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To raise awareness about the impact of climate change Italian artist Lorenzo Quinn unveiled an enormous sculpture on Saturday at the Ca' Sagredo Hotel in Venice.

Giant hands emerge from water to share an important message

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Leeanna McLean
Digital Reporter

Monday, May 15, 2017, 2:49 PM - To raise awareness about the impact of climate change Italian artist Lorenzo Quinn unveiled an enormous sculpture on Saturday at the Ca' Sagredo Hotel in Venice.

Support features two 5,000-pound hands that emerge from the Grand Canal and grasp the walls of the famous hotel, according to Mashable.

"Reflecting on the two sides of human nature, the creative and the destructive, as well as the capacity for humans to act and make an impact on history and the environment, Quinn addresses the ability for humans to make a change and re-balance the world around them -- environmentally, economically, socially," a Halcyon Gallery press release reads.

Located in London, England Halcyon Gallery represents Quinn. While Support was originally created for Venice Biennale, an international art exhibition, Quinn's project was not accepted, Mashable reports.

One down... one to go #venicebiennale2017 #halcyongallery #lorenzoquinn

A post shared by Lorenzo Quinn (@lorenzoquinnartist) on

As a result, Halcyon Gallery worked directly with Venice officials to install the piece, according to the news agency.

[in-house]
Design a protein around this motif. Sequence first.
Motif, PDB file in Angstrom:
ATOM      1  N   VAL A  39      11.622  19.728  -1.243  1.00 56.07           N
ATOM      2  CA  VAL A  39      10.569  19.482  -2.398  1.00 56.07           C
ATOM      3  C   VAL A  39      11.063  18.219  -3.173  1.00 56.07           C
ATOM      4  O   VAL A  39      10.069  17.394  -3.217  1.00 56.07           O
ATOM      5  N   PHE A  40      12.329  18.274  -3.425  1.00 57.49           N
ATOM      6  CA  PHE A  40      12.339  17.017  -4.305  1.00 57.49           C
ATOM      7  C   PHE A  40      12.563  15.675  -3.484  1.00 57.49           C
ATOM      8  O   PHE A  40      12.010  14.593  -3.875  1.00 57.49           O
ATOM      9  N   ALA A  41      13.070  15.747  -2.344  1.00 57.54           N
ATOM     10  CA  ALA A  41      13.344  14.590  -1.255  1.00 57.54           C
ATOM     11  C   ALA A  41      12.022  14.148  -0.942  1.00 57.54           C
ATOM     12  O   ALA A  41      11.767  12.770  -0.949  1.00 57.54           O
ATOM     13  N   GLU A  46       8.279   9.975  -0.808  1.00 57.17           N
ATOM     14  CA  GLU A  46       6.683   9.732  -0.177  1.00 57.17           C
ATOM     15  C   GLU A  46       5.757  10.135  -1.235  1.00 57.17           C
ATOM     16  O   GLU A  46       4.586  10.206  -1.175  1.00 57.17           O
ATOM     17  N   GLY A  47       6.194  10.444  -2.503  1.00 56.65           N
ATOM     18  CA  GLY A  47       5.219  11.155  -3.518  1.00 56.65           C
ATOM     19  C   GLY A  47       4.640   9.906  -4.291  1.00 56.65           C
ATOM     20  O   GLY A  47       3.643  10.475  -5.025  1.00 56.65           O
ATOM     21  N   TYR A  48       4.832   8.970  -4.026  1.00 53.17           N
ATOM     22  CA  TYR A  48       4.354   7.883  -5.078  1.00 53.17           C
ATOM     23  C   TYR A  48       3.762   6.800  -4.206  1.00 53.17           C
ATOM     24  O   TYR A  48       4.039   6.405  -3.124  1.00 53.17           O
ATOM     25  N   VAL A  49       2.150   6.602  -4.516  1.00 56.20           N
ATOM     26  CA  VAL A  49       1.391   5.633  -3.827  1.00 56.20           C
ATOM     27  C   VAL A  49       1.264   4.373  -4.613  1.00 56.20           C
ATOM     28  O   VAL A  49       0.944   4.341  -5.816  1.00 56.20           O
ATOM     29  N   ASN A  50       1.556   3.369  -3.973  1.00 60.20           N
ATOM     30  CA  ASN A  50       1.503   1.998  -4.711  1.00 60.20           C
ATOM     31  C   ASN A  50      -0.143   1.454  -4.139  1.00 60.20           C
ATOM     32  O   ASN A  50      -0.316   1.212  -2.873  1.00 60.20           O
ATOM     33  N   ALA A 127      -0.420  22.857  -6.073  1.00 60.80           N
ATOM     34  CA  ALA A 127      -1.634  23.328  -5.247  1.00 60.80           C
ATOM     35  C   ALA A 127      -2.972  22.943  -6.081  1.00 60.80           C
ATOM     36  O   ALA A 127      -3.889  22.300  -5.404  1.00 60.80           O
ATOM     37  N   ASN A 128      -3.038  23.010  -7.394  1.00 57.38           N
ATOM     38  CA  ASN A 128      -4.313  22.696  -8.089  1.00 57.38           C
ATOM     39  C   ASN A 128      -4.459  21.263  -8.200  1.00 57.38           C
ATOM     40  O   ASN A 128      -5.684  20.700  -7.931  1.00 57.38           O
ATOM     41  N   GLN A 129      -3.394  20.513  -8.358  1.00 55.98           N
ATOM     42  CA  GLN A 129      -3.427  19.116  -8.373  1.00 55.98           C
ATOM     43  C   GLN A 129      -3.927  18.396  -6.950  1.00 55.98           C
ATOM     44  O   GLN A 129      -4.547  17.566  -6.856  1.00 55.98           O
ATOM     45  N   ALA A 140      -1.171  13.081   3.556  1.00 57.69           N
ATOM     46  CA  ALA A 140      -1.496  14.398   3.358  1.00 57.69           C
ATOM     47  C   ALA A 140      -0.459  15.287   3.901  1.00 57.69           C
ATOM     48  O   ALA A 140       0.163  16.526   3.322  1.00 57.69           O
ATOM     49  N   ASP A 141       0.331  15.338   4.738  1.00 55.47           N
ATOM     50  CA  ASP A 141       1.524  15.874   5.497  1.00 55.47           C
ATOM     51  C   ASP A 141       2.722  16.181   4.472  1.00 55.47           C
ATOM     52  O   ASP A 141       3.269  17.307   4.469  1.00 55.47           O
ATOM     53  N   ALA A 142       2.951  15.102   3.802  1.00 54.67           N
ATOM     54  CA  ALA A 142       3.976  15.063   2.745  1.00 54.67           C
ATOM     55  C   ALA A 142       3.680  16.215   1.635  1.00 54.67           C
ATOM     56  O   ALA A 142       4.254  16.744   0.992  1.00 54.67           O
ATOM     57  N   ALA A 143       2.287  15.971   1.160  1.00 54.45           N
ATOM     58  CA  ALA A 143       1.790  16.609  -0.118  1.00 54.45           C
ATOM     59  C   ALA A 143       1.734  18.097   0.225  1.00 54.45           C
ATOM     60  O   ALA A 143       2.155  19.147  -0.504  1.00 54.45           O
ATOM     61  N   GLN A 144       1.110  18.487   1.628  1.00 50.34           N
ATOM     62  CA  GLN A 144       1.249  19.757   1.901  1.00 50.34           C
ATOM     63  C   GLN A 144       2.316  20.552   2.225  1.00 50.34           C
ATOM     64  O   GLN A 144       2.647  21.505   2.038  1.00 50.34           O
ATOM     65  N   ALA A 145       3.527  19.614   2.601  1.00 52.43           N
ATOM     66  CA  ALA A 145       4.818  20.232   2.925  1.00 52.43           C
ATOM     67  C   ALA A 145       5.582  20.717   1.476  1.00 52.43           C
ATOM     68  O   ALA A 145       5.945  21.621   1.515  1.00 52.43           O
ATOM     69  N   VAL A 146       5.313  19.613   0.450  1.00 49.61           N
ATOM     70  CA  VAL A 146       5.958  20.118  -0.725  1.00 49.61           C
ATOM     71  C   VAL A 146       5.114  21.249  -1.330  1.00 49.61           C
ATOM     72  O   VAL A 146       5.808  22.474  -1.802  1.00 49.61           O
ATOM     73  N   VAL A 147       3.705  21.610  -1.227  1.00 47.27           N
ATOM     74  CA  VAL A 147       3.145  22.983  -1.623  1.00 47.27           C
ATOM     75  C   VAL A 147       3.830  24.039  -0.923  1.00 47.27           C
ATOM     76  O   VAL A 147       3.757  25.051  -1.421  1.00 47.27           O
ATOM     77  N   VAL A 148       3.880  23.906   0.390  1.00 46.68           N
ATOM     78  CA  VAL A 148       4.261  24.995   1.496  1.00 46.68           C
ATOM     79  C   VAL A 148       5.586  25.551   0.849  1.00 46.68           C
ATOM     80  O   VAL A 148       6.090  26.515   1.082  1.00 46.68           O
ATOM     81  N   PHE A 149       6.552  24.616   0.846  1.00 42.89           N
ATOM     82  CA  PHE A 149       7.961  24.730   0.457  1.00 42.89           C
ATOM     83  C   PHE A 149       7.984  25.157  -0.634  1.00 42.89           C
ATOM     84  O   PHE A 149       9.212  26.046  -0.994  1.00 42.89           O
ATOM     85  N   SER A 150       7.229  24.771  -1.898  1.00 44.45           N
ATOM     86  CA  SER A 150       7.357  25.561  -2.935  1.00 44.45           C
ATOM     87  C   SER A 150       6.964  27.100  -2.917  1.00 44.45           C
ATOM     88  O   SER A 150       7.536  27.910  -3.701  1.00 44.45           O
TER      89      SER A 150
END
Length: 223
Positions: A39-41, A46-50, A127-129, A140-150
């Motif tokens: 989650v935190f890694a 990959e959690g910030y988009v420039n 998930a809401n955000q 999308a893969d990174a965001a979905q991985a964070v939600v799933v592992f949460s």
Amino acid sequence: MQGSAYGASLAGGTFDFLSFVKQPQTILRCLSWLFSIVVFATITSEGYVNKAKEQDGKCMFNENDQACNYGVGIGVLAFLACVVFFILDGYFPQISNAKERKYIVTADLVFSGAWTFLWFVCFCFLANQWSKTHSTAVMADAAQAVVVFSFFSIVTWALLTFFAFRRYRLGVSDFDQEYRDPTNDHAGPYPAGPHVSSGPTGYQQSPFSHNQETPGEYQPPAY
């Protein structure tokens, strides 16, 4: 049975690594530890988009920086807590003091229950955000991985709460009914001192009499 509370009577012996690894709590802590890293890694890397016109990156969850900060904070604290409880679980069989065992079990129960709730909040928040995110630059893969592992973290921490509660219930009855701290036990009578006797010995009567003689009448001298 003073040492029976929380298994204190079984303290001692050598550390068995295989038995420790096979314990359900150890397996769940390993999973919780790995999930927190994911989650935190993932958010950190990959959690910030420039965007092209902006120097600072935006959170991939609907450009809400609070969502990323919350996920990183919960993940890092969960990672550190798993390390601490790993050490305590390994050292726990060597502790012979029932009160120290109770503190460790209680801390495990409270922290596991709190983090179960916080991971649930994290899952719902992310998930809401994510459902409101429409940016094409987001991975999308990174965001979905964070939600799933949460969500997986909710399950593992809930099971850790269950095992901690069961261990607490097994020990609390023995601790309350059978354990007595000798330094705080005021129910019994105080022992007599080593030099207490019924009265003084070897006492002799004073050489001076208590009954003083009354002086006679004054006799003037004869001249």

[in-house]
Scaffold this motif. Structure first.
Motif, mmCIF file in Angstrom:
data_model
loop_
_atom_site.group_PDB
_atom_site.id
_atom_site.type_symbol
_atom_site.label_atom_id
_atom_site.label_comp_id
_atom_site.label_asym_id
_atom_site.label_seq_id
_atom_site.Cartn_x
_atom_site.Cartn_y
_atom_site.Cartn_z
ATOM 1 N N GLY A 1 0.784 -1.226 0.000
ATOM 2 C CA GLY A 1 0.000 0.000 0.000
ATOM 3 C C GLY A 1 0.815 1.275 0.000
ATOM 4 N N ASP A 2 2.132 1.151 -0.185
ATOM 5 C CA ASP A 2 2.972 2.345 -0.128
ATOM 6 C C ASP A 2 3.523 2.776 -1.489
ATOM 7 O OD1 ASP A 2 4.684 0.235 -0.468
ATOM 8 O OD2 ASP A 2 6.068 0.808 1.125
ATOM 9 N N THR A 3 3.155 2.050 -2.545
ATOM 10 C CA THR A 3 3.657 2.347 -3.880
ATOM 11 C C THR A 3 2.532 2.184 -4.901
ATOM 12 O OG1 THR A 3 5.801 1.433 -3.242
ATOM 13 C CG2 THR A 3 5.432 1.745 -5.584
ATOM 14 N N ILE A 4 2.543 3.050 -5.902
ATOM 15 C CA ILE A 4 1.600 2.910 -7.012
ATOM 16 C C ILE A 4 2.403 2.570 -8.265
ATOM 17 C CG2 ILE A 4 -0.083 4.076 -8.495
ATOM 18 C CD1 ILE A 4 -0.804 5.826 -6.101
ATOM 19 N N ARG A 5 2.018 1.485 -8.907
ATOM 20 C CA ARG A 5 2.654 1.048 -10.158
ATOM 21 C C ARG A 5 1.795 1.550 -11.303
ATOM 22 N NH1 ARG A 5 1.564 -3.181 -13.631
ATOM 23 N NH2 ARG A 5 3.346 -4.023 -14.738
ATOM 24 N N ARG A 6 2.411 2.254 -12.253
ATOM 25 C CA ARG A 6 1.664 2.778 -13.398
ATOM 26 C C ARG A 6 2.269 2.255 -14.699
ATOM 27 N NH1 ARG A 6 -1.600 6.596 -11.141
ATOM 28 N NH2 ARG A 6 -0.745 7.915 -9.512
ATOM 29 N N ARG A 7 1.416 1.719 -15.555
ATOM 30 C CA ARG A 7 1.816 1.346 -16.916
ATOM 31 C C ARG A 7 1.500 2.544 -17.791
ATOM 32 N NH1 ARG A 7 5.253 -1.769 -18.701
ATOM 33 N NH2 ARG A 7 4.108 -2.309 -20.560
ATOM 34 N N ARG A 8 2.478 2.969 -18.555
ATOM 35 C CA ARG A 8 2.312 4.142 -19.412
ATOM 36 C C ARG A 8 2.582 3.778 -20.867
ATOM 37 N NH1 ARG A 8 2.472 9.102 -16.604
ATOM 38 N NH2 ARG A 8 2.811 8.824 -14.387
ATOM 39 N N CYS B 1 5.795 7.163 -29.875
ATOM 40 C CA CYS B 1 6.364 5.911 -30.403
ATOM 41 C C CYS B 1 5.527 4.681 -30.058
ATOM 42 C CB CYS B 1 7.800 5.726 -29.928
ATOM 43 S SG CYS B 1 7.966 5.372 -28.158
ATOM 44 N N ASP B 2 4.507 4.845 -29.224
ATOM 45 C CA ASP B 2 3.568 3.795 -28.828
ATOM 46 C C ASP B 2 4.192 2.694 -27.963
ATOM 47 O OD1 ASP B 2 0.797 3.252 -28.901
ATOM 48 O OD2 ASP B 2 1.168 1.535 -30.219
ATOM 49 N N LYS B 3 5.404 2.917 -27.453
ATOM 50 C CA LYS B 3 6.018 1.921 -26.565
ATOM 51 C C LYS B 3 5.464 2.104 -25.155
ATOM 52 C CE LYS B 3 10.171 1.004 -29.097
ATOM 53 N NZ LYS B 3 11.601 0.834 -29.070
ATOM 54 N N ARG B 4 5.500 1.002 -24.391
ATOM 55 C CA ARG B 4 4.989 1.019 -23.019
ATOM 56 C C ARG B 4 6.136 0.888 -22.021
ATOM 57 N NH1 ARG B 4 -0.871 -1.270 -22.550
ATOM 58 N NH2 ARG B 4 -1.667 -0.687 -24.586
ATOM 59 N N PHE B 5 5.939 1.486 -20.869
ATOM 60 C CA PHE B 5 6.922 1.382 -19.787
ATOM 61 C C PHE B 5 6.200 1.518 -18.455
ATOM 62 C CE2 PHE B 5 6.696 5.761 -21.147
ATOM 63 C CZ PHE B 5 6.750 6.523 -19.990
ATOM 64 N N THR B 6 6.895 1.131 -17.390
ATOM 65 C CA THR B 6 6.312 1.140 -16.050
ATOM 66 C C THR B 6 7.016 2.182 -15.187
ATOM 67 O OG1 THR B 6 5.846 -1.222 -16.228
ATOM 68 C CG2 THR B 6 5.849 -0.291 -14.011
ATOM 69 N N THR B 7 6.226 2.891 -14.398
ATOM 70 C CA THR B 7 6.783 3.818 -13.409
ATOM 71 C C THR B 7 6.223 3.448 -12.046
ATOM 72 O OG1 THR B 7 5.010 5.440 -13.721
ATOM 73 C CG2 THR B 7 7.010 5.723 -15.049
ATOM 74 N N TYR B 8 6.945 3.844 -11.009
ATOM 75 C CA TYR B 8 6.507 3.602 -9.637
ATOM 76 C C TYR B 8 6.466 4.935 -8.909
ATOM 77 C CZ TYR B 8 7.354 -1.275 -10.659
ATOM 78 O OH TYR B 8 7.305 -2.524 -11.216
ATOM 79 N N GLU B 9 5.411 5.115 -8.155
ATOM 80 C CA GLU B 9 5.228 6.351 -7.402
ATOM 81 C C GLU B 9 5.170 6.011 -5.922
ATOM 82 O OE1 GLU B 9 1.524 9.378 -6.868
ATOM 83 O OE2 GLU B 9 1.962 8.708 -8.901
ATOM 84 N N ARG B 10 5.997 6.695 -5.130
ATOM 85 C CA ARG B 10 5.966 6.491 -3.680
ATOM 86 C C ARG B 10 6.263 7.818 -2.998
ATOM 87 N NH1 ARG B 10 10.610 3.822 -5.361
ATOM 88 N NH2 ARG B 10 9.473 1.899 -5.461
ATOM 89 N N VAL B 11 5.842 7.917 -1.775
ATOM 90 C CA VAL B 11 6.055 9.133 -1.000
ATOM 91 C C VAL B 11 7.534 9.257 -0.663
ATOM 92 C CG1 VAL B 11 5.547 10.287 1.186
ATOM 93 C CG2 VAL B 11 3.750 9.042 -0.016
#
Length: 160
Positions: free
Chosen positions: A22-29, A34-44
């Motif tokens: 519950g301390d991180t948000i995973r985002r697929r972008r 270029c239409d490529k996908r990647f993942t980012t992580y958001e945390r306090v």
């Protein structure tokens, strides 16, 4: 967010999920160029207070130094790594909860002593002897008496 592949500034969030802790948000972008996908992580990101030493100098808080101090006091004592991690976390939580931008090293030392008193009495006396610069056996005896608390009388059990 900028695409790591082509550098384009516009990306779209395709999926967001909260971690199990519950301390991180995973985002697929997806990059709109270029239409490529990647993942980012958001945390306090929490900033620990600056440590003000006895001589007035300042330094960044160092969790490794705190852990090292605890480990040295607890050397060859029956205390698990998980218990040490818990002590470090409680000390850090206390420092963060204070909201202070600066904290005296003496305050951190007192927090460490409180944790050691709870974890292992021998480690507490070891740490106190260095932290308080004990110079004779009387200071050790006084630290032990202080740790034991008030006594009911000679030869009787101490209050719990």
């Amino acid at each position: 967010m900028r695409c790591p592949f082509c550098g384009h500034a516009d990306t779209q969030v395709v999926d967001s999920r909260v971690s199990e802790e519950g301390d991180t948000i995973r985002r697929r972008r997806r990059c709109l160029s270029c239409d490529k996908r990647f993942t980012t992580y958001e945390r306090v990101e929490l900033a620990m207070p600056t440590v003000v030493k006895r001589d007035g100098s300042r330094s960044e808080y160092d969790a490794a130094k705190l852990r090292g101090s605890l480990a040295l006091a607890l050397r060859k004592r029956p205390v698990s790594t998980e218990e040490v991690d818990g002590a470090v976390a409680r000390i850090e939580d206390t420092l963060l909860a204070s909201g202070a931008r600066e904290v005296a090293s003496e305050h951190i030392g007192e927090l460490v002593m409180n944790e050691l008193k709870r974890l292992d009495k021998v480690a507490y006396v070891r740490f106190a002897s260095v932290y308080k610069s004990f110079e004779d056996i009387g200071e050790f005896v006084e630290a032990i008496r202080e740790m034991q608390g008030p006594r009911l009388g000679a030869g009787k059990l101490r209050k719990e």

The sculpture reflects the "delicate existence of humans and society against the force of nature in today's climate of change," the release highlights.

The hands are there to support the historic building that is surrounded by water and waning tide.

"I wanted to sculpt what is considered the hardest and most technically challenging part of the human body," says Quinn. "The hand holds so much power -- the power to love, to hate, to create, to destroy."

The sculpture is composed of polyurethane foam covered by resin and four pillars that extend to the bottom of the canal, Mashable reports.

Support will be on display until Nov. 26.

Venice and its Lagoon were added to the list of UNESCO World Heritage Sites in 1987. According to Mashable, Quinn may take his sculpture on tour as he has received several requests to install it at other UNESCO sites.

SOURCE: Mashable | Halcyon Gallery

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